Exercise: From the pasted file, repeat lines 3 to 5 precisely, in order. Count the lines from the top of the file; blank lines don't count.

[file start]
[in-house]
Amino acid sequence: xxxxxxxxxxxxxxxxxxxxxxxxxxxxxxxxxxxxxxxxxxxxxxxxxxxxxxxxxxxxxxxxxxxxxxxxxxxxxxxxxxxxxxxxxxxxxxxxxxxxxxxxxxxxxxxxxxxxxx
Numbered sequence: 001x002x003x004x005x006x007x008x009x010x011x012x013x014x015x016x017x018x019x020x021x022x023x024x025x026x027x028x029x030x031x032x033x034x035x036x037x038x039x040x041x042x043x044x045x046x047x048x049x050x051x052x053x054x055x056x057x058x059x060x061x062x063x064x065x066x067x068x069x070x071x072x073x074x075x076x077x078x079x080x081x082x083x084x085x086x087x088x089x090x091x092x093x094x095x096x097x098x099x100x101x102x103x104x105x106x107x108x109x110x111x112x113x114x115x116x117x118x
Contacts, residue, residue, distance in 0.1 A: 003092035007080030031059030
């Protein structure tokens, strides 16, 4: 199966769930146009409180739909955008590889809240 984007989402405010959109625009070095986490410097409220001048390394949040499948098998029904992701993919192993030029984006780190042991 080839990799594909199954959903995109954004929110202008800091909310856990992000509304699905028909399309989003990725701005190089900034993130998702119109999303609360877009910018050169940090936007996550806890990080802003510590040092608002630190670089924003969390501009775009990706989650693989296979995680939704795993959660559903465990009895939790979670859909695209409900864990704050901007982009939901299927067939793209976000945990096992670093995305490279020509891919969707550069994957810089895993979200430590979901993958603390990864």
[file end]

Numbered sequence: 001x002x003x004x005x006x007x008x009x010x011x012x013x014x015x016x017x018x019x020x021x022x023x024x025x026x027x028x029x030x031x032x033x034x035x036x037x038x039x040x041x042x043x044x045x046x047x048x049x050x051x052x053x054x055x056x057x058x059x060x061x062x063x064x065x066x067x068x069x070x071x072x073x074x075x076x077x078x079x080x081x082x083x084x085x086x087x088x089x090x091x092x093x094x095x096x097x098x099x100x101x102x103x104x105x106x107x108x109x110x111x112x113x114x115x116x117x118x
Contacts, residue, residue, distance in 0.1 A: 003092035007080030031059030
């Protein structure tokens, strides 16, 4: 199966769930146009409180739909955008590889809240 984007989402405010959109625009070095986490410097409220001048390394949040499948098998029904992701993919192993030029984006780190042991 080839990799594909199954959903995109954004929110202008800091909310856990992000509304699905028909399309989003990725701005190089900034993130998702119109999303609360877009910018050169940090936007996550806890990080802003510590040092608002630190670089924003969390501009775009990706989650693989296979995680939704795993959660559903465990009895939790979670859909695209409900864990704050901007982009939901299927067939793209976000945990096992670093995305490279020509891919969707550069994957810089895993979200430590979901993958603390990864």